javaslf4j

Is there any simple pattern of slf4j usage in unit tests?


I'm using JUnit4 and Hibernate3 in my project. Hibernate depends on Slf4j and thus my project includes this library as well. Now I'd like to use Slf4j in unit tests in order to log supplementary testing information. Could you please provide a short example of how my unit test should look like in order to log just one line of text? Preferably without code duplication in multiple tests.


Solution

  • I also like to use slf4j in my JUnit tests for my DAO class. It does help when you are creating a new test or modifying an old one. I usually leave my old logging output at debug level, and make my new logging statements at info level while I'm still actively working on the code in that method. One of my JUnit classes would look something like this:

    package com.example.mydao;
    
    import org.slf4j.Logger;
    import org.slf4j.LoggerFactory;
    // other imports not shown...
    
    public class TestMyDAO extends TestCase {
    
        private static final Logger logger = 
            LoggerFactory.getLogger(TestMyDAO.class);
    
    
        public void testA() {
            logger.debug("Logging from testA() method");
        }
    
        public void testB() {
            logger.debug("Logging from testB() method");
        }
    
        public void testThatIAmWorkingOn() {
            logger.info("Logging from my new test method at INFO level");
        }
    
    }
    

    I'm using log4j as the actual logging provider, so my log4j.xml configuration file looks like this:

    <?xml version="1.0" encoding="UTF-8"?>
        <!DOCTYPE log4j:configuration SYSTEM "log4j.dtd">
        <log4j:configuration xmlns:log4j="http://jakarta.apache.org/log4j/" debug="false">
        <appender name="consoleAppender" class="org.apache.log4j.ConsoleAppender">
            <layout class="org.apache.log4j.PatternLayout">
                <param name="ConversionPattern" value="%d %-5p  [%c{1}] %m %n" />
            </layout>
        </appender>
    
        <logger name="com.example.mydao" additivity="false">
            <level value="INFO" />
            <appender-ref ref="consoleAppender"/>
        </logger>
    
        <logger name="org.hibernate" additivity="false">
            <level value="WARN" />
            <appender-ref ref="consoleAppender"/>
        </logger>
    
        <logger name="org.hibernate.connection.DriverManagerConnectionProvider" additivity="false">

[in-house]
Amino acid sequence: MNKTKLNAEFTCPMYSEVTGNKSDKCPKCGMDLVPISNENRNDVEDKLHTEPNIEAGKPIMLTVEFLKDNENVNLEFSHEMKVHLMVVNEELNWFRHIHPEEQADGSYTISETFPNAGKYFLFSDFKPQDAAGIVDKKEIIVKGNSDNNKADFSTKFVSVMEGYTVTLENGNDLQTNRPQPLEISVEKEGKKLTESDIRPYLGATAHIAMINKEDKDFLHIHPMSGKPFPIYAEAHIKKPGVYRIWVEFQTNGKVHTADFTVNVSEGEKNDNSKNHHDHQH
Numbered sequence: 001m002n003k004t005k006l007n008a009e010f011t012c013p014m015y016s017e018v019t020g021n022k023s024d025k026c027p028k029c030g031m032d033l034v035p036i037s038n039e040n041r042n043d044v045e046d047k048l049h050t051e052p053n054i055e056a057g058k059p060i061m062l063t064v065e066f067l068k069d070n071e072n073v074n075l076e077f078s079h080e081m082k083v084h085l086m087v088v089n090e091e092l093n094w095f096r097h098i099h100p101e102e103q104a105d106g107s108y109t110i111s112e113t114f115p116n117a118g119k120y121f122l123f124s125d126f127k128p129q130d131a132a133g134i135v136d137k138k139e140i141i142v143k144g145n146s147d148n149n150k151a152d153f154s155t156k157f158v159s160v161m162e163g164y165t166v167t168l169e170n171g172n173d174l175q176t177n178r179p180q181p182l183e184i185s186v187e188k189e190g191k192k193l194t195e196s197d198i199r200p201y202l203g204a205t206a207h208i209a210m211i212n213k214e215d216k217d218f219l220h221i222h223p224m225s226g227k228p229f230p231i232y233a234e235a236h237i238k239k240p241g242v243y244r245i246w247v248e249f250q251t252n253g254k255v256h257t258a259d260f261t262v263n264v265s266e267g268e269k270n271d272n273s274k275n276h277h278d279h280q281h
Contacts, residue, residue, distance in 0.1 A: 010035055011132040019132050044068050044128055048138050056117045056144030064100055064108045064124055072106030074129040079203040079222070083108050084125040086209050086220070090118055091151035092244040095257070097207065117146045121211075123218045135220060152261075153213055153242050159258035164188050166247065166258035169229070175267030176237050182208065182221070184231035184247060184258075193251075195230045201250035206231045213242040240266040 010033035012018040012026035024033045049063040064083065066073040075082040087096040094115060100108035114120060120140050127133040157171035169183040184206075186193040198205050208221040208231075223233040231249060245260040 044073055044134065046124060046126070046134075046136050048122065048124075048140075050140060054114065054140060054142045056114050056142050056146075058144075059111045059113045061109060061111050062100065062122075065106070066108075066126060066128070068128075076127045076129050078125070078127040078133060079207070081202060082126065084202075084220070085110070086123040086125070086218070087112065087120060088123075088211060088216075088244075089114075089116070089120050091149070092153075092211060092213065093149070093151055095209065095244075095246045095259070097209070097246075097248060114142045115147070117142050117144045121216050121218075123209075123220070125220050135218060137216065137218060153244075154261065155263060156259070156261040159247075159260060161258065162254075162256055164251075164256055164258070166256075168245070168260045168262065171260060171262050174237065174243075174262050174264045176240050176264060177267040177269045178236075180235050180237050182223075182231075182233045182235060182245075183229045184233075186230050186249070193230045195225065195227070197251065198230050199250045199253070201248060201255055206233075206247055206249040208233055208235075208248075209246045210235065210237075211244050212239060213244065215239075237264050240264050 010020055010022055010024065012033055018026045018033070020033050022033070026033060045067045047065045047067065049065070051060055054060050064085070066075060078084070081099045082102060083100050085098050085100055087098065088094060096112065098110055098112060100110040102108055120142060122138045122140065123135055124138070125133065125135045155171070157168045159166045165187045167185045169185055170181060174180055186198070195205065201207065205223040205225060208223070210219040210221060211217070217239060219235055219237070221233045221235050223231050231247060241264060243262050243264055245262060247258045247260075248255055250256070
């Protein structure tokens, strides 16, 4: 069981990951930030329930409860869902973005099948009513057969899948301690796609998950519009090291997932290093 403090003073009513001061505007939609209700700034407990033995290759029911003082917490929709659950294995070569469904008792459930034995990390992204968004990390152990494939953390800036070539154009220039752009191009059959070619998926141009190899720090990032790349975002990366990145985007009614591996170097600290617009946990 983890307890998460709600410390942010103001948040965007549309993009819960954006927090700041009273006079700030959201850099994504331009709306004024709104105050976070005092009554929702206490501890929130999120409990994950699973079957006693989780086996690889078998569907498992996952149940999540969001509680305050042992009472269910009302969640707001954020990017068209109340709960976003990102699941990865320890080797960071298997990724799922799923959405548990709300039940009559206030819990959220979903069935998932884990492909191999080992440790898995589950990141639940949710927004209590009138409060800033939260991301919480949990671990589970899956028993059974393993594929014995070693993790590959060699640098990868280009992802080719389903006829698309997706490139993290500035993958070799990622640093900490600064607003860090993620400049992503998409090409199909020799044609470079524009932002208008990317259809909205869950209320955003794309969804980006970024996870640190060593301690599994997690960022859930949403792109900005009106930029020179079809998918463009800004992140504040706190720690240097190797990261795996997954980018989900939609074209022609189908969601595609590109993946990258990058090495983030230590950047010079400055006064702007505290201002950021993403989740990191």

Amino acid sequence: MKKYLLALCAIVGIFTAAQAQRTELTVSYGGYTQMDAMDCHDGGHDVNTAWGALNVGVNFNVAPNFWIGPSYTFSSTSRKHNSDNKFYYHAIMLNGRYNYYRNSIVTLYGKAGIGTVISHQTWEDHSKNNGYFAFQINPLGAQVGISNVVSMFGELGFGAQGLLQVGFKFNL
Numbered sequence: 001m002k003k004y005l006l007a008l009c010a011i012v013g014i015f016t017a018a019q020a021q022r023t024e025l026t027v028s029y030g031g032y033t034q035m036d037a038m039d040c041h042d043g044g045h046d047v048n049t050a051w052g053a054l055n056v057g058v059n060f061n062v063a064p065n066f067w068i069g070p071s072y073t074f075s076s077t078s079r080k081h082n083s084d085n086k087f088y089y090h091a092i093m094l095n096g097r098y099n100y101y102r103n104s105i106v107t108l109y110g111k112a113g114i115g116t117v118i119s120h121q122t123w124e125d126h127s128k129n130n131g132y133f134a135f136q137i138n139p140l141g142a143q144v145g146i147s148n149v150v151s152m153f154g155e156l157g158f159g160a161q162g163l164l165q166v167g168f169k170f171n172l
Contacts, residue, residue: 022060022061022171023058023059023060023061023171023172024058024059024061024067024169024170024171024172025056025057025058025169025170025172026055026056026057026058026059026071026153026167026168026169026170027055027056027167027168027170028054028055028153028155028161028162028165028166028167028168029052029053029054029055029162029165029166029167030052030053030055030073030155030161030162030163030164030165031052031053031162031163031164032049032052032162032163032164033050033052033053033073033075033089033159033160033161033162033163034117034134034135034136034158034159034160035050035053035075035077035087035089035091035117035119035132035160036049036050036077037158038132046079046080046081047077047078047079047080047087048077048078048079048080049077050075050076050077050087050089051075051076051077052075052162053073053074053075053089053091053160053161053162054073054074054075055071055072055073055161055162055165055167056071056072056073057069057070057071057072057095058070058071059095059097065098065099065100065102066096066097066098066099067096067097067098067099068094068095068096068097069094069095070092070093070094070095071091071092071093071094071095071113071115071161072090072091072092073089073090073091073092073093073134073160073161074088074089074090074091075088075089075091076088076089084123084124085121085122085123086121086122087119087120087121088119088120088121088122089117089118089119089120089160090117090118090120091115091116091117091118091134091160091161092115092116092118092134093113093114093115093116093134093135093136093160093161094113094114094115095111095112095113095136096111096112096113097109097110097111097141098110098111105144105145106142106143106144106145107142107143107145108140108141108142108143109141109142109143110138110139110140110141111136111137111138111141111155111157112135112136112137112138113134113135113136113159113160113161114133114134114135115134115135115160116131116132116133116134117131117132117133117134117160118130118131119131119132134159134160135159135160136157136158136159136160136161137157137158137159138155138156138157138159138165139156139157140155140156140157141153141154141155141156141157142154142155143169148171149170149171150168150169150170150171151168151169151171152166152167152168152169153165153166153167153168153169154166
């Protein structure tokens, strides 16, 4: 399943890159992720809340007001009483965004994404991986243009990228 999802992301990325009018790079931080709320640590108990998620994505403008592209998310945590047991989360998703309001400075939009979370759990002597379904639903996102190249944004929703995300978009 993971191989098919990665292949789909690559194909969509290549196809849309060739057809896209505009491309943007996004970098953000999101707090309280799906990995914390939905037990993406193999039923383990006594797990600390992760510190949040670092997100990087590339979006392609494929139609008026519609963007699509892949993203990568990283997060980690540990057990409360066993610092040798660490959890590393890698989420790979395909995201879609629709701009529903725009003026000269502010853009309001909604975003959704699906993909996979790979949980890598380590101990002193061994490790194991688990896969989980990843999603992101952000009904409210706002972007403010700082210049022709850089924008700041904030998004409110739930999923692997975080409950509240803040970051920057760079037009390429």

<level value="INFO" />
            <appender-ref ref="consoleAppender"/>
        </logger>
    
        <logger name="org.hibernate.connection.C3P0ConnectionProvider" additivity="false">
            <level value="INFO" />
            <appender-ref ref="consoleAppender"/>
        </logger>
    
        <logger name="com.mchange" additivity="false">
            <level value="WARN" />
            <appender-ref ref="consoleAppender"/>
        </logger>
    
        <logger name="com.mchange.v2.resourcepool.BasicResourcePool" additivity="false">
            <level value="INFO" />
            <appender-ref ref="consoleAppender"/>
        </logger>
    
        <logger name="com.mchange.v2.c3p0.impl.AbstractPoolBackedDataSource" additivity="false">
            <level value="INFO" />
            <appender-ref ref="consoleAppender"/>
        </logger>
    
        <logger name="com.mchange.v2.c3p0.C3P0Registry" additivity="false">
            <level value="INFO" />
            <appender-ref ref="consoleAppender"/>
        </logger>
    
        <root>
            <priority value ="WARN" />
            <appender-ref ref="consoleAppender"/>
        </root>
    
    </log4j:configuration>
    

    This gives me the info-level output from my JUnit class, as well as some useful stuff from Hibernate runtime and other libraries used with Hibernate. Adjust to your own taste.

    Finally, I need to make sure that all of the following libraries are in my classpath when I execute the JUnit tests:

    • slf4j-api-1.6.0.jar
    • slf4j-log4j12-1.6.0.jar
    • log4j-1.2.16.jar
    • log4j.xml (my configuration file, shown above)
    • Some version of the JUnit runtime JAR
    • All the JARs normally present when running your application in production

    This is what I do when using log4j. If you use a different logging implementation, then adjust accordingly. It doesn't matter if you're using a different version of slf4j, as long as the "API" and implementation JARs are the same version (mine are both 1.6.0).